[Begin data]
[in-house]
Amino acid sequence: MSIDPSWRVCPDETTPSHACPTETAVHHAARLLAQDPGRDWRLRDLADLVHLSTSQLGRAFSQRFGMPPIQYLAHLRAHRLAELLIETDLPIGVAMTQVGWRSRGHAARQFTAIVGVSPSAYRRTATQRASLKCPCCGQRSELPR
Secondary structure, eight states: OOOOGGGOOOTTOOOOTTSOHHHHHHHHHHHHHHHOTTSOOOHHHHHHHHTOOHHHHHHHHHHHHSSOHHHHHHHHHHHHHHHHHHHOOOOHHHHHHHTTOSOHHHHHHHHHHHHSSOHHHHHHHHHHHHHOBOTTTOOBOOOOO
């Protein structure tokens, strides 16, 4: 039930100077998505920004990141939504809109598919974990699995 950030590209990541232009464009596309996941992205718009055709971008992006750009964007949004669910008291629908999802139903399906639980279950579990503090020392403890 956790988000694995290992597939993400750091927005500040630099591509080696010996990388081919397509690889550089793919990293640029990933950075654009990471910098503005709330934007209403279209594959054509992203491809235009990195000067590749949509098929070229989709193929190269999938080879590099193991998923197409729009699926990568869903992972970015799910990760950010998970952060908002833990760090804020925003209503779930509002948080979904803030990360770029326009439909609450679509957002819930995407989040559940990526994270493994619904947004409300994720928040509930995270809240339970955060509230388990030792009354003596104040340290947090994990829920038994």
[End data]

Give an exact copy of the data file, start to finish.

[in-house]
Amino acid sequence: MSIDPSWRVCPDETTPSHACPTETAVHHAARLLAQDPGRDWRLRDLADLVHLSTSQLGRAFSQRFGMPPIQYLAHLRAHRLAELLIETDLPIGVAMTQVGWRSRGHAARQFTAIVGVSPSAYRRTATQRASLKCPCCGQRSELPR
Secondary structure, eight states: OOOOGGGOOOTTOOOOTTSOHHHHHHHHHHHHHHHOTTSOOOHHHHHHHHTOOHHHHHHHHHHHHSSOHHHHHHHHHHHHHHHHHHHOOOOHHHHHHHTTOSOHHHHHHHHHHHHSSOHHHHHHHHHHHHHOBOTTTOOBOOOOO
């Protein structure tokens, strides 16, 4: 039930100077998505920004990141939504809109598919974990699995 950030590209990541232009464009596309996941992205718009055709971008992006750009964007949004669910008291629908999802139903399906639980279950579990503090020392403890 956790988000694995290992597939993400750091927005500040630099591509080696010996990388081919397509690889550089793919990293640029990933950075654009990471910098503005709330934007209403279209594959054509992203491809235009990195000067590749949509098929070229989709193929190269999938080879590099193991998923197409729009699926990568869903992972970015799910990760950010998970952060908002833990760090804020925003209503779930509002948080979904803030990360770029326009439909609450679509957002819930995407989040559940990526994270493994619904947004409300994720928040509930995270809240339970955060509230388990030792009354003596104040340290947090994990829920038994």